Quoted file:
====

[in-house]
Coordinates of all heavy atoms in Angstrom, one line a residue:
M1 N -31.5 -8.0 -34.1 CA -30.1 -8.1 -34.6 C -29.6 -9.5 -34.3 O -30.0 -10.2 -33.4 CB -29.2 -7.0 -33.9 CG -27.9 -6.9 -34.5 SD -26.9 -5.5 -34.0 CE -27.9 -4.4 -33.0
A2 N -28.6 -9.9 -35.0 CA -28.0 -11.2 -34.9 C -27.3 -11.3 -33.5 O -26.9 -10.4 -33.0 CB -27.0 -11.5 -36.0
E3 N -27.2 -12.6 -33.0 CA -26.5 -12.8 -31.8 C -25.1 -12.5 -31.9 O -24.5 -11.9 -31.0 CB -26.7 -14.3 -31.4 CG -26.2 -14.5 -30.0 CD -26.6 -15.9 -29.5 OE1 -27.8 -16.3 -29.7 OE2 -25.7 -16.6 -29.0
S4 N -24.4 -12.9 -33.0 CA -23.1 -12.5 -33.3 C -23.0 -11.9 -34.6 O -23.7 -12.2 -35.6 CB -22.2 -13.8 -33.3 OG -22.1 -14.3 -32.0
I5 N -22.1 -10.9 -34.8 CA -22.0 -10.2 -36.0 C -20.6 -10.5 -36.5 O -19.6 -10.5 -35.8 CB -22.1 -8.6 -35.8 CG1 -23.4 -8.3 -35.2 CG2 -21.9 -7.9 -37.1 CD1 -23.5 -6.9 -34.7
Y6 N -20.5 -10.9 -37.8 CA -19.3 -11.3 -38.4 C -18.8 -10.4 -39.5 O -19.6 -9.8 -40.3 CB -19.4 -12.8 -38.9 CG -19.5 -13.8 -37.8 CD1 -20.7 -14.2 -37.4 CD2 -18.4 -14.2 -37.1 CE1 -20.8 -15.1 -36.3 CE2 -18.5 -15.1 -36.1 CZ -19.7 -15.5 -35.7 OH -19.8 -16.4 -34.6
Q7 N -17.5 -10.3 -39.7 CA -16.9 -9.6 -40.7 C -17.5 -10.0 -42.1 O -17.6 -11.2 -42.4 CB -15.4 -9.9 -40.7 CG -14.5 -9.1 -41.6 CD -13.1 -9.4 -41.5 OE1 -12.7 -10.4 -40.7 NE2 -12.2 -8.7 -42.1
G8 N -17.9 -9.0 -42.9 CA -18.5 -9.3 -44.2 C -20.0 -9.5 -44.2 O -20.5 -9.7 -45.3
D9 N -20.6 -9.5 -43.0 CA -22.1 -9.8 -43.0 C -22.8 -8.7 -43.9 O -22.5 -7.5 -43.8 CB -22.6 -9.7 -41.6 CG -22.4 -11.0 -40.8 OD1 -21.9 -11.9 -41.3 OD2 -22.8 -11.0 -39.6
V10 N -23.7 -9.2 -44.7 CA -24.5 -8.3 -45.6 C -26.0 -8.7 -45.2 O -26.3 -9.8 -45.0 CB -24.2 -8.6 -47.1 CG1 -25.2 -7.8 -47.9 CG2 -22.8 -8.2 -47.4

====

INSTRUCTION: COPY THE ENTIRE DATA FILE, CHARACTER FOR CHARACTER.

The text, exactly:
[in-house]
Coordinates of all heavy atoms in Angstrom, one line a residue:
M1 N -31.5 -8.0 -34.1 CA -30.1 -8.1 -34.6 C -29.6 -9.5 -34.3 O -30.0 -10.2 -33.4 CB -29.2 -7.0 -33.9 CG -27.9 -6.9 -34.5 SD -26.9 -5.5 -34.0 CE -27.9 -4.4 -33.0
A2 N -28.6 -9.9 -35.0 CA -28.0 -11.2 -34.9 C -27.3 -11.3 -33.5 O -26.9 -10.4 -33.0 CB -27.0 -11.5 -36.0
E3 N -27.2 -12.6 -33.0 CA -26.5 -12.8 -31.8 C -25.1 -12.5 -31.9 O -24.5 -11.9 -31.0 CB -26.7 -14.3 -31.4 CG -26.2 -14.5 -30.0 CD -26.6 -15.9 -29.5 OE1 -27.8 -16.3 -29.7 OE2 -25.7 -16.6 -29.0
S4 N -24.4 -12.9 -33.0 CA -23.1 -12.5 -33.3 C -23.0 -11.9 -34.6 O -23.7 -12.2 -35.6 CB -22.2 -13.8 -33.3 OG -22.1 -14.3 -32.0
I5 N -22.1 -10.9 -34.8 CA -22.0 -10.2 -36.0 C -20.6 -10.5 -36.5 O -19.6 -10.5 -35.8 CB -22.1 -8.6 -35.8 CG1 -23.4 -8.3 -35.2 CG2 -21.9 -7.9 -37.1 CD1 -23.5 -6.9 -34.7
Y6 N -20.5 -10.9 -37.8 CA -19.3 -11.3 -38.4 C -18.8 -10.4 -39.5 O -19.6 -9.8 -40.3 CB -19.4 -12.8 -38.9 CG -19.5 -13.8 -37.8 CD1 -20.7 -14.2 -37.4 CD2 -18.4 -14.2 -37.1 CE1 -20.8 -15.1 -36.3 CE2 -18.5 -15.1 -36.1 CZ -19.7 -15.5 -35.7 OH -19.8 -16.4 -34.6
Q7 N -17.5 -10.3 -39.7 CA -16.9 -9.6 -40.7 C -17.5 -10.0 -42.1 O -17.6 -11.2 -42.4 CB -15.4 -9.9 -40.7 CG -14.5 -9.1 -41.6 CD -13.1 -9.4 -41.5 OE1 -12.7 -10.4 -40.7 NE2 -12.2 -8.7 -42.1
G8 N -17.9 -9.0 -42.9 CA -18.5 -9.3 -44.2 C -20.0 -9.5 -44.2 O -20.5 -9.7 -45.3
D9 N -20.6 -9.5 -43.0 CA -22.1 -9.8 -43.0 C -22.8 -8.7 -43.9 O -22.5 -7.5 -43.8 CB -22.6 -9.7 -41.6 CG -22.4 -11.0 -40.8 OD1 -21.9 -11.9 -41.3 OD2 -22.8 -11.0 -39.6
V10 N -23.7 -9.2 -44.7 CA -24.5 -8.3 -45.6 C -26.0 -8.7 -45.2 O -26.3 -9.8 -45.0 CB -24.2 -8.6 -47.1 CG1 -25.2 -7.8 -47.9 CG2 -22.8 -8.2 -47.4